The main thing is that I'm getting hard for anyone to propagandise. Before they can convince me, they'll have to convince Leg-iron and DP and Captain Ranty and Bishop Hill and James Delingpole and a whole bunch of other people. Of course, people could say that I'm just being propagandised by different people rather than by the BBC or Channel 4 or the Independent. But the bloggers are all different people, and they don't agree about absolutely everything. So it's next to impossible to construct a consensus, if one doesn't exist already.

Propaganda can really only work with broadcast media like TV or radio or newspapers, where a single message is sent out to thousands or millions of people at the same time. Propaganda is shouted loudly. And that's hard to do on the web, unless something goes viral, and propagates very rapidly. News usually travels relatively slowly on the blogosphere. And it's always being filtered through somebody else's thinking. So a propaganda message is always likely to get neutralised by being repeatedly framed differently.

For example, somebody called Andrew Lansley seems to want people to eat properly, I read over at the Devil just now.

Rather than a “nanny state” approach, he is keen to arm the public with the tools they need to cope in an “obesogenic environment,” where people are bombarded with adverts for unhealthy food.

To which the Devil's immediate response was:

What, in the name of fuck, is an “obesogenic environment”? And why the bastarding hell should I—a 6' tall, 10 and a half stone man—be lectured at by Lansley and his fat fucking fellows?

Lansley's message isn't getting very far, is it? What you learn from the Devil is that some fat bastard is trying to make you eat stuff you don't like. It makes you want to go out and buy a bucket of soggy chips, cover them with salt and ketchup, and spend the evening eating them with your fingers. Lansley's message has not just been neutralised: it's been entirely negated.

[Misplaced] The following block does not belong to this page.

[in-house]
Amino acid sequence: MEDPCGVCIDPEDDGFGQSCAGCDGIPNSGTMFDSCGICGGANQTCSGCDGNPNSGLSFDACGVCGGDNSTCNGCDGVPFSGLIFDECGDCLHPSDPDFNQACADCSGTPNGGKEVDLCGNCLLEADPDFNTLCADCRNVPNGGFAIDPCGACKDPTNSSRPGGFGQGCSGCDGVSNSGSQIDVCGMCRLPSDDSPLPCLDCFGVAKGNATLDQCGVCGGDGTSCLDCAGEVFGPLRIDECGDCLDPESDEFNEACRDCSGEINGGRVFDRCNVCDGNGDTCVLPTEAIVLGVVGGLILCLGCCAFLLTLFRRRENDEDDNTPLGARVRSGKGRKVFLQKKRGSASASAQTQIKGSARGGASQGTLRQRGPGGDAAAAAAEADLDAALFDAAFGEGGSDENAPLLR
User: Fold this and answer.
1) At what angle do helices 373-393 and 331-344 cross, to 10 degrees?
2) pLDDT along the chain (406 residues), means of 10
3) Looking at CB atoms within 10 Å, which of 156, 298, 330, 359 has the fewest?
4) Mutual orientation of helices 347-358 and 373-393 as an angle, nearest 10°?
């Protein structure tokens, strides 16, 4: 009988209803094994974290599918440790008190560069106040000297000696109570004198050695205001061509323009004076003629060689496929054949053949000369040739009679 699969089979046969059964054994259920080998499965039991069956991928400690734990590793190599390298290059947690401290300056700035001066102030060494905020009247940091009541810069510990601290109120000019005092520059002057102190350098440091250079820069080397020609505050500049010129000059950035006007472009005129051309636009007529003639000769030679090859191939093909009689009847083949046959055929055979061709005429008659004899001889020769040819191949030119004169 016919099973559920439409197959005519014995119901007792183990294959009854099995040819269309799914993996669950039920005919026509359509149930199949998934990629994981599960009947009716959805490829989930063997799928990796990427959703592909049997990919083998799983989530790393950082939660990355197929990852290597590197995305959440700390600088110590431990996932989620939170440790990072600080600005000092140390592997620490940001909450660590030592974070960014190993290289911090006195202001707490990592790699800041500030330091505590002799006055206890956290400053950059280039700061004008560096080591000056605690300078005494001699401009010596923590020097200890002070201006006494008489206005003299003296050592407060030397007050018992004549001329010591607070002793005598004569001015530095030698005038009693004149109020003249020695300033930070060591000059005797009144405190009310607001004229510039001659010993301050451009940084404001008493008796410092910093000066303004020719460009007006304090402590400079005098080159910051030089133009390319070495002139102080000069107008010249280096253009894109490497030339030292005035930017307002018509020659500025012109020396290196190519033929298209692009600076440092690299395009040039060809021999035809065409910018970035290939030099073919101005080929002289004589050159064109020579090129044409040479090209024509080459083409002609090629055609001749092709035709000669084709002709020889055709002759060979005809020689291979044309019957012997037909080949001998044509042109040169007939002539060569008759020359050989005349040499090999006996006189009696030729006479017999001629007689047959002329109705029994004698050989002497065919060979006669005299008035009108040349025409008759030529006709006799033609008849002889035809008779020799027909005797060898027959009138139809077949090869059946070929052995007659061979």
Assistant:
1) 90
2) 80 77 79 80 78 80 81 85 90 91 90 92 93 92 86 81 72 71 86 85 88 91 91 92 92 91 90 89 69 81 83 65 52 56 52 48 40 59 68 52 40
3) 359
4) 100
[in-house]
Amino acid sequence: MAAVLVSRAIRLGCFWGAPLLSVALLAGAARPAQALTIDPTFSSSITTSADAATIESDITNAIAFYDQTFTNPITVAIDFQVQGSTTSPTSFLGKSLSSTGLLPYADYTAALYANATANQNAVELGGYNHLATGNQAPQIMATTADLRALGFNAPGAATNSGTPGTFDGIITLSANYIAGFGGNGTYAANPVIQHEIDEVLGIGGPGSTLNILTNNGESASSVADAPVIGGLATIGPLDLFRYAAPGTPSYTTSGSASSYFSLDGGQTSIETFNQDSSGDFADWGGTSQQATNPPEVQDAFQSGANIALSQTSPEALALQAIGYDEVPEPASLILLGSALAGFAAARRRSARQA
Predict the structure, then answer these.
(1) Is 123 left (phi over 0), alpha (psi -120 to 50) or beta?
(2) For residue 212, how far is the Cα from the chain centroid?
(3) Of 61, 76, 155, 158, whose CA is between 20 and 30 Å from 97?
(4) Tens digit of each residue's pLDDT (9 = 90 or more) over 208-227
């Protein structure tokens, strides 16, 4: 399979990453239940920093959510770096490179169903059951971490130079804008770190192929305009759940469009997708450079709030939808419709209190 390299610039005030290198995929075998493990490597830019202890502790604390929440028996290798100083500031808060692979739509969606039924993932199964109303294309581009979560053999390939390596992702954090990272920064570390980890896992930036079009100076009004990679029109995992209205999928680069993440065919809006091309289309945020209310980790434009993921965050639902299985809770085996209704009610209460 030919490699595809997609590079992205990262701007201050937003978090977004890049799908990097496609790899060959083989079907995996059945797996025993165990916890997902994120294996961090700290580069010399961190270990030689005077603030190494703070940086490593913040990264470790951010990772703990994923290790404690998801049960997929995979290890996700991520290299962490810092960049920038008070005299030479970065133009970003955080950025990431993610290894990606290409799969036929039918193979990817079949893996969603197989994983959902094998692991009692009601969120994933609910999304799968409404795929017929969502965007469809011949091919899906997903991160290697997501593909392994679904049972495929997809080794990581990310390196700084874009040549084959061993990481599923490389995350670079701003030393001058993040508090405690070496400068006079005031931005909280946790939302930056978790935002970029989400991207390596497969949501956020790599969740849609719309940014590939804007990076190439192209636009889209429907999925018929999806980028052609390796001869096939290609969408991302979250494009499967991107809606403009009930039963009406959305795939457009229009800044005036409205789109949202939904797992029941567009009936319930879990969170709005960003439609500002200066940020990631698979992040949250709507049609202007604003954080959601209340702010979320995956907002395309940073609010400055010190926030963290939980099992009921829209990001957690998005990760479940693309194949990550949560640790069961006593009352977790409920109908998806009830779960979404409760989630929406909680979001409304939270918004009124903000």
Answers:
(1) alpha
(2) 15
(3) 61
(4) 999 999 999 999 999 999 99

And this looks to me like the future. The more the government tries to lecture and bully and propagandise people, the more of them will just switch off. The government may control the mass media, but if fewer and fewer people are listening, their message won't get very far, however loudly they shout. In the end, the government will be forced to give up lecturing people, because it will have become clear to them (as was transparently clear to everybody else from the outset) that it simply isn't working.

And I can't think that would be a bad thing at all.

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I agree 100% Frank. As well as various blogs giving differing analysis of the same topics, the better blogs attract good comments with different perspectives. As such you don't just get the bloggers take on things but a whole range of views on the same topic. This aspect takes blogs as far from propaganda as can be and I really enjoy considering and thinking about all sides of an issue.

A blog that does not allow debate is quickly deleted from my daily read list.

The MSM is the last place I go for information.

Some fun.

Remember how ten years ago thousands put down their religion as Jedi? Well, we have a new census coming up, so let's put down our religion as "smoker." Tobacco Control are leading an inquisition. Let's just highlight that fact.

Whether you want to just deny them the information that they demand from you by force or you just want to raise this issue in public once again and remind them that it is not going away, let's have some fun.
Spread the word.


http://mr--a.blogspot.com/2011/02/census-2011.html

Mr A

Mr A! I see you got here before me. Sorry to go off topic Frank, and I'm sure Mr A is too, but I feel we really must get this message out - it may be the most significant move we smokers will ever make. Here is my standard message which I am going to append to all my comments.